Graham sets the standards on War Horse

Drury Top Sign HR 8mb webIT’S a story that has wowed audiences across the country and won over critics with its brilliance.

War Horse – seen by five million so far – is an international team effort, but a former Priestley College student and Warringtonian has played a vital part in this tale of success.

Graham McKnight, who studied at Priestley for three years, is one of two master carpenters responsible for recreating the sets that have helped draw audiences into the First World War epic.

“It’s incredible to be a part of something that has been so successful and is so well respected,” said Graham, who is from Great Sankey.

“We find the design aspect really engaging. For me it was always the idea that if someone was on stage I could enhance their performance with the technical elements.”

Graham’s passion for production arts developed during his time at Priestley College where he took A Levels in Drama, English Language, Film and Media Studies.

He quickly developed an interest in working behind the scenes on the college’s ambitious productions.

“The skills were there but as a kid I was easily distracted,” said Graham, who is now 27.

“After two years I wasn’t ready for uni so stayed on at Priestley and it helped me to confirm the direction I wanted to go in. The tutors at Priestley are great at spotting the potential in young people and they were pivotal for me at that time in my life.”

War Horse webGraham’s former Tutor Helen Lowe said: “Graham really grew in confidence in his time with us and gained a drive to do well in life. He took the opportunities offered to him to develop his skills base and worked hard to get himself on the road to an amazing career.”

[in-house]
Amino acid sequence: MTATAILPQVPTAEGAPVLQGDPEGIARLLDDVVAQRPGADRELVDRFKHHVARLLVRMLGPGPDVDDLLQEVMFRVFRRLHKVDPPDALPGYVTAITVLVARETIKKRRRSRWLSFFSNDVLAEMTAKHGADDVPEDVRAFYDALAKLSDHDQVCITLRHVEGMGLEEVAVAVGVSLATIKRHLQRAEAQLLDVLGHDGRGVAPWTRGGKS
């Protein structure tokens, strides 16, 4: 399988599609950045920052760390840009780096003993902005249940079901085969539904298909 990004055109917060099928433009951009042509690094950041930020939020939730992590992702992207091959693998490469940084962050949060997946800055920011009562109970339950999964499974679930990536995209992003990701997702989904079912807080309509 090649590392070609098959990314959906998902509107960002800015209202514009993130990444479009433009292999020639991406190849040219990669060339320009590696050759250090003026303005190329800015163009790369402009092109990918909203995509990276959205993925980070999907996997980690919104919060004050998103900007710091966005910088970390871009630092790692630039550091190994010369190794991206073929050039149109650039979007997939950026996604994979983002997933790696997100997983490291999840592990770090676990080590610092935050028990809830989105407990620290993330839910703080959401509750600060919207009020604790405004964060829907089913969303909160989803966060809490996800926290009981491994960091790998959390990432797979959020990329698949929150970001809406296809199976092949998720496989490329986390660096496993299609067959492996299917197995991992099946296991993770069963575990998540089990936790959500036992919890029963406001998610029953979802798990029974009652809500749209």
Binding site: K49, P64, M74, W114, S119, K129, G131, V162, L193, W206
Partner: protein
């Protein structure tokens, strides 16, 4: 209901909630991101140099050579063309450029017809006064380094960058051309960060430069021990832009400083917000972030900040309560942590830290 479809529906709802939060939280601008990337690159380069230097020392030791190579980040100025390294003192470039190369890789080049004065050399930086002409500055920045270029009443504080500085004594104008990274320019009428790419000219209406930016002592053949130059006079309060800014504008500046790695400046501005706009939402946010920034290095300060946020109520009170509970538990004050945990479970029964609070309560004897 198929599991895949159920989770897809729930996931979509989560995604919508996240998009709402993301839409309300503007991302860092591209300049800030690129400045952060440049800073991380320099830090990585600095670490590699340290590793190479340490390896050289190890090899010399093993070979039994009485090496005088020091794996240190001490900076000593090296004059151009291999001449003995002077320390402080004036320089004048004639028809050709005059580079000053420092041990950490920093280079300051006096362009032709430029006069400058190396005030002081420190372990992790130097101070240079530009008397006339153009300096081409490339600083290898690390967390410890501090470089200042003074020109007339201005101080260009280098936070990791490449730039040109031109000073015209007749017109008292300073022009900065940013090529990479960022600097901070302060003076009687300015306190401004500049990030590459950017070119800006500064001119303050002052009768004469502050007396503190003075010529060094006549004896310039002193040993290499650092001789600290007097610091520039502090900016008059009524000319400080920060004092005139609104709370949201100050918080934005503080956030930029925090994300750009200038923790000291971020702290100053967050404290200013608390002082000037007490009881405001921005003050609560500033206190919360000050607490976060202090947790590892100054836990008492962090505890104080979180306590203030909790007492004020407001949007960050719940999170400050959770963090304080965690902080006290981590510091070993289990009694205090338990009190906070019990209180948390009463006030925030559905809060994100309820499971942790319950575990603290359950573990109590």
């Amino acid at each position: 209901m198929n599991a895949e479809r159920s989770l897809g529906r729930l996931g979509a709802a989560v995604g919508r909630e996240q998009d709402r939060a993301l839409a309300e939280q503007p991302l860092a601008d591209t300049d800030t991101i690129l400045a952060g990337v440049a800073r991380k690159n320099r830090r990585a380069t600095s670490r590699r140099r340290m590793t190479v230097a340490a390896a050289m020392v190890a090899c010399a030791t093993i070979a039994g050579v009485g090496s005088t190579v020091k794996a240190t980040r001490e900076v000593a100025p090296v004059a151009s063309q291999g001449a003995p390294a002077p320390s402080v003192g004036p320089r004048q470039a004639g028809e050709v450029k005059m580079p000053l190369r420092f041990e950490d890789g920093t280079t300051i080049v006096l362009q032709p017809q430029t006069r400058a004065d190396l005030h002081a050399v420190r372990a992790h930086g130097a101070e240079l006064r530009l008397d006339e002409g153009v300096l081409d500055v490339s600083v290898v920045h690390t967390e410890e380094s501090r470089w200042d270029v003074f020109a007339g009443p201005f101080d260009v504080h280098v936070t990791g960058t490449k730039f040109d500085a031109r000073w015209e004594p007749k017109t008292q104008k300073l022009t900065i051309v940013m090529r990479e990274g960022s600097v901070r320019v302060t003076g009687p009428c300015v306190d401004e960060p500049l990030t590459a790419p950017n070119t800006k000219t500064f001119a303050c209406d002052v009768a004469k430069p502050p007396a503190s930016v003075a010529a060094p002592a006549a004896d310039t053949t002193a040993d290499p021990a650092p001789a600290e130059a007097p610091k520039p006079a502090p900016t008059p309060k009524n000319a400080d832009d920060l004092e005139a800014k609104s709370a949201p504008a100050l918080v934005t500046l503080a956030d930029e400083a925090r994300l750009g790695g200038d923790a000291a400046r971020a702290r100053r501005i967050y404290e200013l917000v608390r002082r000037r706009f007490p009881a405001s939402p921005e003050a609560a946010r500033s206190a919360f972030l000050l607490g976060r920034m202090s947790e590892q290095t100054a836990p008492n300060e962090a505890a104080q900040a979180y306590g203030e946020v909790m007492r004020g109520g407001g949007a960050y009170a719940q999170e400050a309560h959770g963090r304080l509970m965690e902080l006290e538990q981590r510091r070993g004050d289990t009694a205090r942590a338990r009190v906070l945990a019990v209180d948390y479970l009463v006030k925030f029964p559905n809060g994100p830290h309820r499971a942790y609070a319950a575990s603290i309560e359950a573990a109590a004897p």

After Priestley the former Penketh High pupil secured a BA Joint Honours Degree in Technical Theatre and Drama at the University of Cumbria.

While at university he worked at the Sands Centre Theatre in Carlisle, going from casual stage hand to stage manager in just three years.

After 18 months one of the touring theatre companies who had visited his theatre called and offered him a job.

“I’ve learned that above anything else you need to be a people person and good at networking,” he said.

“I stayed in touch with the people who came through the theatre and one of them called to ask if I would be interested in touring work.”

It was a call that changed everything as he accepted the offer and has since gone on to work behind the scenes on national shows including High School Musical, the Strictly Come Dancing tour, Fame and Lord of the Flies.

One of his best assets was a knowledge of all aspects of production from sound to lighting and eventually he added carpentry skills.

Disney spotted his all-round talent when they recruited him for a cruise ship tour that took him as far as Florida, Mexico and the Bahamas.

Graham’s skills were even put to good use at the London Olympics where he helped build the walkways in the athletes’ village before he was asked to join the Dirty Dancing tour.

“It’s very exciting industry to be in, but it is very competitive,” he said.

“During a tour you become close enough to feel like family then after the run is over you may never see one another together again. Being a nice person to be around is as important as your skill set because if someone doesn’t like spending time with you they are not going to take you on.”

For the rest of this year he will be responsible for building the wood and metal sets that help make War Horse such a special experience for the audience.

First he will be closer to home when the production comes to the Lowry in July and later this year will tour South Africa.

At each stop he will be responsible for building the sets. Depending on whether they fit, he has to make certain adjustments to the scenery.

“It’s like a copy and paste scenario,” he said. “Every time it has to be perfect so that every audience member enjoys the same experience.”

For details about the War Horse tour and to buy tickets go to

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